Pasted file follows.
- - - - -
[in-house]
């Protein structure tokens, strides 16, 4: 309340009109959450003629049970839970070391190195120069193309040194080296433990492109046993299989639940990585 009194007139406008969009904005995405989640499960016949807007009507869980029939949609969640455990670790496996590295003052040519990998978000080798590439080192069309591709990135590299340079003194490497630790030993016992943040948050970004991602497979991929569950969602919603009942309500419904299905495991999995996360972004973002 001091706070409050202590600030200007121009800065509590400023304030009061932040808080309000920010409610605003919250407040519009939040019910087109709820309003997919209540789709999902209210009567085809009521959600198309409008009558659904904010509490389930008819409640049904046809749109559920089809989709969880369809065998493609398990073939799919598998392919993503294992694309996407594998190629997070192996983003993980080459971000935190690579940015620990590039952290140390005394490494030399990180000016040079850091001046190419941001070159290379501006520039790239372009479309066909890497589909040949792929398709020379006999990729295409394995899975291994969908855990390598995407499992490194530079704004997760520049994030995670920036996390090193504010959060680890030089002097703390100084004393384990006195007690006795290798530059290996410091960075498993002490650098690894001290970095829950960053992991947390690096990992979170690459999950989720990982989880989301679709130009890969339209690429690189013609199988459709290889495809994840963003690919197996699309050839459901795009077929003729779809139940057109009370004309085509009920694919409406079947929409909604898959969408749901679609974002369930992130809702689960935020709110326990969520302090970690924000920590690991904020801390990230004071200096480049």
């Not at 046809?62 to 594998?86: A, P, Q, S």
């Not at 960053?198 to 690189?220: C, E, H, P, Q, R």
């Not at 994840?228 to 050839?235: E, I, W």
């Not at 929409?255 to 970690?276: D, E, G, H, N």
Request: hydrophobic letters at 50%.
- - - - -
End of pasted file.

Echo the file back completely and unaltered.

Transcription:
[in-house]
């Protein structure tokens, strides 16, 4: 309340009109959450003629049970839970070391190195120069193309040194080296433990492109046993299989639940990585 009194007139406008969009904005995405989640499960016949807007009507869980029939949609969640455990670790496996590295003052040519990998978000080798590439080192069309591709990135590299340079003194490497630790030993016992943040948050970004991602497979991929569950969602919603009942309500419904299905495991999995996360972004973002 001091706070409050202590600030200007121009800065509590400023304030009061932040808080309000920010409610605003919250407040519009939040019910087109709820309003997919209540789709999902209210009567085809009521959600198309409008009558659904904010509490389930008819409640049904046809749109559920089809989709969880369809065998493609398990073939799919598998392919993503294992694309996407594998190629997070192996983003993980080459971000935190690579940015620990590039952290140390005394490494030399990180000016040079850091001046190419941001070159290379501006520039790239372009479309066909890497589909040949792929398709020379006999990729295409394995899975291994969908855990390598995407499992490194530079704004997760520049994030995670920036996390090193504010959060680890030089002097703390100084004393384990006195007690006795290798530059290996410091960075498993002490650098690894001290970095829950960053992991947390690096990992979170690459999950989720990982989880989301679709130009890969339209690429690189013609199988459709290889495809994840963003690919197996699309050839459901795009077929003729779809139940057109009370004309085509009920694919409406079947929409909604898959969408749901679609974002369930992130809702689960935020709110326990969520302090970690924000920590690991904020801390990230004071200096480049």
């Not at 046809?62 to 594998?86: A, P, Q, S």
């Not at 960053?198 to 690189?220: C, E, H, P, Q, R």
């Not at 994840?228 to 050839?235: E, I, W």
């Not at 929409?255 to 970690?276: D, E, G, H, N």
Request: hydrophobic letters at 50%.